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New Frontiers:

Three Key Emerging Economies in 2018

By Peter Cohen - September 12, 2018 (Cover Photo By: Ivan Bandura, retrieved from

When one thinks of international business, imagery of high rises and bustling urban environments with developed financial systems first comes to mind.  But in a world more connected than ever, we can increase the field of view and expand horizons.  Emerging markets are where this expansion is occurring.  Of course, there are always good reasons for businesses to remain static and established in traditional environments.  These include regulatory safety, state stability, and access to market information.  However, some emerging economies are making strides in all three areas.  When considered in concert with their growing consumer populations, these markets truly represent the next frontier.

Thijs Degenkamp

At OTH, International our formula of distilled quantitative and qualitative analysis matches industry sectors to overseas markets.  For several sectors we have identified three emerging markets to look out for as of late:  India, Rwanda, and Vietnam.  Based on demographic trends, local public policies, and promising macroeconomic indicators, these destinations could be the next thriving markets for international business.

While India’s position as an ‘emerging’ economy is perhaps debatable, it is still referenced in many headlines as such.  India has the second largest population in the world, giving it massive competitive advantage in terms of labor force.  Many experts say that India’s population has one of the fastest growing middle classes to date.  With that being said, the locus of India’s income distribution remains a highly contested discussion.  Matching this growing population, GDP grew at a comparable rate.  Based on data from the World Bank, India’s annual growth rate was at about 6.6% in 2017 and is expected to rise to 7.3% in 2018.  Finally, India has made reforms in the last year, increasing its ease of doing business considerably.  Some of those reforms include issue areas such as starting a business, paying taxes, and conducting cross-border trade (World Bank, 2018).

Sai Kiran Anagani

Africa is often overlooked when it comes to deciding where to do business next, but there are some booming economies on the continent.  Some of these lean more towards the frontier market definition and involve more risk, but still show great potential.  Rwanda is at the forefront of those African markets.  Sadly, in some circles Rwanda is still plagued by the negative reputation of its 1990s genocide.  Currently, though, the nation’s ICT, coffee, tourism, and mining industries show tremendous growth, and are renewing its reputation and drawing the attention of many.  The regulatory environment is also highly welcoming in this East African state.  It boasts an impressive ranking of 40th on the World Bank’s Ease of Doing Business Index.  For those who are looking to do business in Sub-Saharan Africa, one might seriously consider Rwanda as a starting place.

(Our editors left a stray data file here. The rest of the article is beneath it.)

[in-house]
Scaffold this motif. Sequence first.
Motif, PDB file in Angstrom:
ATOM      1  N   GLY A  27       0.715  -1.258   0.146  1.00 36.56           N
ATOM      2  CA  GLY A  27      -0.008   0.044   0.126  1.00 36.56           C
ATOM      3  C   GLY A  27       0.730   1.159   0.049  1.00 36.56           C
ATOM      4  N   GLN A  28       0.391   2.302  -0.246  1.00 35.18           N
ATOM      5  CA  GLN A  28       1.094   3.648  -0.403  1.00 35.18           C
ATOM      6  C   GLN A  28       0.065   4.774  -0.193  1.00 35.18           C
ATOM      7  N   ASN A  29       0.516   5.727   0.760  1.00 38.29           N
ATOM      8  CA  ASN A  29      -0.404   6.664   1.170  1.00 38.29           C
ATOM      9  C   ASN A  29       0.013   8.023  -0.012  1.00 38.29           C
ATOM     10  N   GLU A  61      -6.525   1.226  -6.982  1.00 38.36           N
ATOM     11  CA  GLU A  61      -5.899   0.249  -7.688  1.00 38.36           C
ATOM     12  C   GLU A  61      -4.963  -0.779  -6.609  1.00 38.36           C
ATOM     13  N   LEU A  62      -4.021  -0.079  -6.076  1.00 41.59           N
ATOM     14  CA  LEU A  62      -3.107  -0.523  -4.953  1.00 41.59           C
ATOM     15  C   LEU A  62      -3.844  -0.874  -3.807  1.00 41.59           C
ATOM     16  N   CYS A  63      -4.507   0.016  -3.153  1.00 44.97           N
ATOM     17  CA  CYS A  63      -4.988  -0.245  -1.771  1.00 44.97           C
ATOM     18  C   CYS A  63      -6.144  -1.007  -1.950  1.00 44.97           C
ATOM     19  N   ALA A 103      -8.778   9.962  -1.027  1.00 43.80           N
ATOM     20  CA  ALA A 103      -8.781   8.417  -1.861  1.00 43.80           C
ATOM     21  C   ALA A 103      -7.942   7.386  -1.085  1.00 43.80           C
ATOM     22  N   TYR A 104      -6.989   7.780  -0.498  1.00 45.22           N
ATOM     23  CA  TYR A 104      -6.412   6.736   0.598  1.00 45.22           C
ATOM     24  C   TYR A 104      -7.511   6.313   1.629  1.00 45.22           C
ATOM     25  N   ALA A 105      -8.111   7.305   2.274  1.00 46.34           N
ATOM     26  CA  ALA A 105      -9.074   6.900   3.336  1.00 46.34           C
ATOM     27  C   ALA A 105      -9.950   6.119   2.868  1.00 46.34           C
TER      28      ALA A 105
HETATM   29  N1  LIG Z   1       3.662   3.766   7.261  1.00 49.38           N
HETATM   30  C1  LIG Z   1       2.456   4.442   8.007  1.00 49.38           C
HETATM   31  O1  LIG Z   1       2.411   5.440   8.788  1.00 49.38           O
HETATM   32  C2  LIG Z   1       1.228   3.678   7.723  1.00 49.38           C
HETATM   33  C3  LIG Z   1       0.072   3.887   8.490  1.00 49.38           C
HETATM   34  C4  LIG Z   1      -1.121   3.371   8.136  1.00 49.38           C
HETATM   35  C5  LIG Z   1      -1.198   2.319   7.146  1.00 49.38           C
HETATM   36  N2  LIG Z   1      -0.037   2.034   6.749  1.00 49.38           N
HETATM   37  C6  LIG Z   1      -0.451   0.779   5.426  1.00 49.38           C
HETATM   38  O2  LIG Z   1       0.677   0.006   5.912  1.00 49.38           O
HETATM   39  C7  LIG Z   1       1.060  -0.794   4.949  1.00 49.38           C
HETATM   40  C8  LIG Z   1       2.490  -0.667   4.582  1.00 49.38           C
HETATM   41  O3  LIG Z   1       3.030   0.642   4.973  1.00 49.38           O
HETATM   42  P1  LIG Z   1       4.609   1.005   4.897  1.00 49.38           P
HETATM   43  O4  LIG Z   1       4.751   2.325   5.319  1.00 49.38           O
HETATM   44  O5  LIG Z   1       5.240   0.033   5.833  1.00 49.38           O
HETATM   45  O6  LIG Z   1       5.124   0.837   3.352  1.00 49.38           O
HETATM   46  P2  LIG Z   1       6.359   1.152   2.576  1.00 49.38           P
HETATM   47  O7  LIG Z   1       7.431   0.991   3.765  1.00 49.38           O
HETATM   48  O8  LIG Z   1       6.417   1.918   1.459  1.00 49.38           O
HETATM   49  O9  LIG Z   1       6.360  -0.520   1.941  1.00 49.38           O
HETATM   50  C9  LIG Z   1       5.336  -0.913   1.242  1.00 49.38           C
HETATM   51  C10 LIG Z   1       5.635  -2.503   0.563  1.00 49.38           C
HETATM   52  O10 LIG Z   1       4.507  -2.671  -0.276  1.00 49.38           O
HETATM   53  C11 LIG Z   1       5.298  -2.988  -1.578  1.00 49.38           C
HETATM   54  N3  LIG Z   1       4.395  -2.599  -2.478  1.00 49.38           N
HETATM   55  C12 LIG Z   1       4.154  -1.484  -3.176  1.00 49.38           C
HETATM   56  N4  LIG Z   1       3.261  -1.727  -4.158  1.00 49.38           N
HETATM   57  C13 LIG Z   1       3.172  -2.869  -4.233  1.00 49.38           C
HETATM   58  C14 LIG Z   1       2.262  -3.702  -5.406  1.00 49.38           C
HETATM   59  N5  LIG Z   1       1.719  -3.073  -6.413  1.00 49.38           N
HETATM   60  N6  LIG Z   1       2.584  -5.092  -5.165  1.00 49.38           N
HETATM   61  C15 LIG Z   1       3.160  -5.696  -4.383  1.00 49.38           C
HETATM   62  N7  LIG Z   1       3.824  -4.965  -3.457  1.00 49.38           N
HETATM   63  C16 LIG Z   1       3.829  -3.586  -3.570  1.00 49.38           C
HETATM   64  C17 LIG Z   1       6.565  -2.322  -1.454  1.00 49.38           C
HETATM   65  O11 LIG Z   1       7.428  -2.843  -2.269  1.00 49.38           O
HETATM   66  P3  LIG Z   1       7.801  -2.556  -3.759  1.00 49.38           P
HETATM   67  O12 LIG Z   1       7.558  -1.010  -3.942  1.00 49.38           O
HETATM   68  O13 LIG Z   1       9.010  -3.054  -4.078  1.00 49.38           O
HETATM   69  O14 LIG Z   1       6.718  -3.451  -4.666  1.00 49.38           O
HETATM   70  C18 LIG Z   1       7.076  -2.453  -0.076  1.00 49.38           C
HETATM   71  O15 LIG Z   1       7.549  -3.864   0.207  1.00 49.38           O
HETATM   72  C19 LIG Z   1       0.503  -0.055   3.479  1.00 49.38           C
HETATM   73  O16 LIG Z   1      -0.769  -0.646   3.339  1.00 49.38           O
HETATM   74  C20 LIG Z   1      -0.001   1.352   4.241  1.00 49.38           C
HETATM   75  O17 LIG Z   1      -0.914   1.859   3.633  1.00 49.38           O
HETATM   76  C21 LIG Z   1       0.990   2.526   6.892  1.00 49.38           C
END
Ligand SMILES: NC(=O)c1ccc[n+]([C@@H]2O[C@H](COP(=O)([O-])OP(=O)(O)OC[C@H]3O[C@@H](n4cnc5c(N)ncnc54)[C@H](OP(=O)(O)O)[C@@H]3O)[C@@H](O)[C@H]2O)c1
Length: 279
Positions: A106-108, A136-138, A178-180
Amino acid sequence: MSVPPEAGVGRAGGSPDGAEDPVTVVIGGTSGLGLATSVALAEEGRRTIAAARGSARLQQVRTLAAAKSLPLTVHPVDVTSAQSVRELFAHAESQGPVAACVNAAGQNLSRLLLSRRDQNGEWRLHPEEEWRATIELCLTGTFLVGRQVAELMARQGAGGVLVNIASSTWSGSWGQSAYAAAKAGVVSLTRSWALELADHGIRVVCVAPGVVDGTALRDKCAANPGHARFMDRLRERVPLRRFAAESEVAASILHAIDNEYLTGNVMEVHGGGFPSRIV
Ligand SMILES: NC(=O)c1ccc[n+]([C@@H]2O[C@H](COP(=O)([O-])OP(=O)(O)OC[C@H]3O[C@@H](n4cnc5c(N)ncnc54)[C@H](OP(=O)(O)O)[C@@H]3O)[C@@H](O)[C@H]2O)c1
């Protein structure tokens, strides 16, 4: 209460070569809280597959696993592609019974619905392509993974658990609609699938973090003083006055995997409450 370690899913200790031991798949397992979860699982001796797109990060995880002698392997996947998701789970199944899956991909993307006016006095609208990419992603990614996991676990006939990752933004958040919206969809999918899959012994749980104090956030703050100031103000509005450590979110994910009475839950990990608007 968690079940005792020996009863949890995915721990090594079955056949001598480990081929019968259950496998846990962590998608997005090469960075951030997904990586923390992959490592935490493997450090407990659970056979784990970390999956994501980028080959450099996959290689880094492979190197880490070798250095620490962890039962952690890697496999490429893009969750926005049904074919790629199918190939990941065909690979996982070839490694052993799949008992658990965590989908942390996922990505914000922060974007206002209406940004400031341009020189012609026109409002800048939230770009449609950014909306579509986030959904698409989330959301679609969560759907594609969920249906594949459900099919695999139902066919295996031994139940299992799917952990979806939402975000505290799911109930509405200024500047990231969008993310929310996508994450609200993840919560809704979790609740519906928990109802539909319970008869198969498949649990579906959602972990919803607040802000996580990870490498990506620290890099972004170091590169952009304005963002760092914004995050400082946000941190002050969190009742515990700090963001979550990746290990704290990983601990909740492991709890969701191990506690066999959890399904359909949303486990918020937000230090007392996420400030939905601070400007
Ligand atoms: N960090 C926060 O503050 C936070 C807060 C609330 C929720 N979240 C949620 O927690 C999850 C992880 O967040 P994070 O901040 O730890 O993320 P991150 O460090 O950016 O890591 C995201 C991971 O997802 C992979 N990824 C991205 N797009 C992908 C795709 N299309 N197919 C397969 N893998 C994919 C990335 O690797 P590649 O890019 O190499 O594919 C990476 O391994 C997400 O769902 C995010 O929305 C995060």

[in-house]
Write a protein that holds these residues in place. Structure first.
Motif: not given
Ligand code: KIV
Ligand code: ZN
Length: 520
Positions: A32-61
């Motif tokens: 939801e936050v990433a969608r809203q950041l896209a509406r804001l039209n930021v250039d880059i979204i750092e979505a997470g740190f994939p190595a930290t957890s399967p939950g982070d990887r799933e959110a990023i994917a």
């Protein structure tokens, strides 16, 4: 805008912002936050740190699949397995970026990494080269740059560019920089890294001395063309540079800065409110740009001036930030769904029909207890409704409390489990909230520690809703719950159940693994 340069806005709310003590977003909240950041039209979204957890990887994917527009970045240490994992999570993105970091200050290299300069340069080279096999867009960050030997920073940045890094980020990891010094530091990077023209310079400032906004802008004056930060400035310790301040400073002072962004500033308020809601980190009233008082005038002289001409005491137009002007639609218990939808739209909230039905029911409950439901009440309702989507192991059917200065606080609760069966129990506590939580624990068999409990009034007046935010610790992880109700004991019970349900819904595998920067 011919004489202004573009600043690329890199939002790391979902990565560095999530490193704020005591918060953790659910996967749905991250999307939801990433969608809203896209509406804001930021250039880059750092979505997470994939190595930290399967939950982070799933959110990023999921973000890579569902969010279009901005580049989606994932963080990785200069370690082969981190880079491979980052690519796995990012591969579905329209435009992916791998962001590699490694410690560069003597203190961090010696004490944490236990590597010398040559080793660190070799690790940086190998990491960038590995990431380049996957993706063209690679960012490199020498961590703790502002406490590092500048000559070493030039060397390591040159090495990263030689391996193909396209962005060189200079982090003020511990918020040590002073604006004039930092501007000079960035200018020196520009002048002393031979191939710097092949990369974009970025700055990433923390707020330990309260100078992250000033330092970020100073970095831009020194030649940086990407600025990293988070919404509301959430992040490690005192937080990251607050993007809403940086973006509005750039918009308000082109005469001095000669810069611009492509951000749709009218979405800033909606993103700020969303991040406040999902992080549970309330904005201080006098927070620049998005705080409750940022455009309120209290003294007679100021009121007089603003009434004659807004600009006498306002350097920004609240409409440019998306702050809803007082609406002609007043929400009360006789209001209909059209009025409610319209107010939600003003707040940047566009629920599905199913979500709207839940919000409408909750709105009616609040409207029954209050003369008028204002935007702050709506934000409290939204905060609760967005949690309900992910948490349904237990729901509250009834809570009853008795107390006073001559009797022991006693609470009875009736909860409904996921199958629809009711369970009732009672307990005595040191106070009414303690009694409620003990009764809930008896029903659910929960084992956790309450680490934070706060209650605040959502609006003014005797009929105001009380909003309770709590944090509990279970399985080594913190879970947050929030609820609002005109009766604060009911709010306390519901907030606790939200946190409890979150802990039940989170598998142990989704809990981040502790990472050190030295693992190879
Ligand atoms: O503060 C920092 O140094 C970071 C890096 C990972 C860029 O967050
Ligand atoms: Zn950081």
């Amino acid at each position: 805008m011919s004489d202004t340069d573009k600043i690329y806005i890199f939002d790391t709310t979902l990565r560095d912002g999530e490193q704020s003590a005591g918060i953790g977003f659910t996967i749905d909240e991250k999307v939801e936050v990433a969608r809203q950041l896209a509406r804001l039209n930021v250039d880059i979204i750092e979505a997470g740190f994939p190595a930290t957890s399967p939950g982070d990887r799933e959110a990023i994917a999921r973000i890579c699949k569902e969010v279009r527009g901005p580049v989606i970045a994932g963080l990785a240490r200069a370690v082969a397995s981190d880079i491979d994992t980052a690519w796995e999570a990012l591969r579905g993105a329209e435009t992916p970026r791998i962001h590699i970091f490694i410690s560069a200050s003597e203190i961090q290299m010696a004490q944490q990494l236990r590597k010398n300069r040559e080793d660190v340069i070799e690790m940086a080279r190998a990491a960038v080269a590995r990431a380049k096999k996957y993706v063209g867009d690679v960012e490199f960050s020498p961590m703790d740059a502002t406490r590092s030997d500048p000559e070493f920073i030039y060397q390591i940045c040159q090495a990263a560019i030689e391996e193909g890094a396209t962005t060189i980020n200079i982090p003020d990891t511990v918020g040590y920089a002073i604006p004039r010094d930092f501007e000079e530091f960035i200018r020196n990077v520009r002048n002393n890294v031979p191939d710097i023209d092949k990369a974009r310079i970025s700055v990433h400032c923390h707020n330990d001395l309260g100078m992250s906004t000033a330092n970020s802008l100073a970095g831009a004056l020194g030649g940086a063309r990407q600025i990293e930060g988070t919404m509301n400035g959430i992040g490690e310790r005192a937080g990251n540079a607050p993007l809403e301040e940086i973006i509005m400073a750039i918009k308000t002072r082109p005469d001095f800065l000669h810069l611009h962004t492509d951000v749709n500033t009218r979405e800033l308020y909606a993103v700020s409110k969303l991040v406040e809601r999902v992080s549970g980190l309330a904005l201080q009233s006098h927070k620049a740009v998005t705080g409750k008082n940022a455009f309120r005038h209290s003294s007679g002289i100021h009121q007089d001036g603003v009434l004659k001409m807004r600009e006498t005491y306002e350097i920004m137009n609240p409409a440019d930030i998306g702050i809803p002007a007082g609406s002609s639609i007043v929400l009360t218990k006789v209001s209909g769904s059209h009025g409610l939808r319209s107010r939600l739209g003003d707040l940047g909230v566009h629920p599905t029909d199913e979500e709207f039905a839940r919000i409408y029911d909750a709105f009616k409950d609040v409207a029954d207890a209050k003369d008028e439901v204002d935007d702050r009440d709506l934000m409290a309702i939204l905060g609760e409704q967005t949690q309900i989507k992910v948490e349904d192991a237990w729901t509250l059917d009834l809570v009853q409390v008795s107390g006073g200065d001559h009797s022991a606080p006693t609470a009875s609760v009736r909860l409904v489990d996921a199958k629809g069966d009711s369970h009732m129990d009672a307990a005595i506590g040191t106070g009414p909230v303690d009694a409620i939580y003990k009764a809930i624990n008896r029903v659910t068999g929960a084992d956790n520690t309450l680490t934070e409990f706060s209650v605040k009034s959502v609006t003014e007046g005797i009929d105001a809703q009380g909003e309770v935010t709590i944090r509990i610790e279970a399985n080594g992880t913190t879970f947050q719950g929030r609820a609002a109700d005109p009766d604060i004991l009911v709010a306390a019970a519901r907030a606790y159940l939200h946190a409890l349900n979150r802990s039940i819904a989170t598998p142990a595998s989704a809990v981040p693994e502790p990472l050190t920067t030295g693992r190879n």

maxime niyomwungeri

Many argue that China is the world’s fastest growing economy.  While this may be true, the PRC remains vastly unopen to the outside economic community.  On the other hand, its neighbor, Vietnam, has a similar growth trajectory and the potential to offer better commercial prospects.  According to an article written by the World Bank, Vietnam is projected to have a staggering 6.8% increase to its GDP in 2018.  Coupled with a labor population trending away from agriculture to more efficient manufacturing industries, this economic growth is likely to stand for the coming years.  Trade and labor reforms are occurring, albeit slowly.  With that being said, the regulatory environment in Vietnam will likely improve as government shows much more commitment to economic openness than China.

Compared to some of the more conventional overseas markets, these three economies show potential and perhaps represent undiscovered frontiers.  For the small to medium-sized business owner, they could offer access to new revenue streams.  If improved human capital, increasing manufacturing industries, and political and economic openness continue to rise in these states, their economic environments are also sure to thrive in the coming years.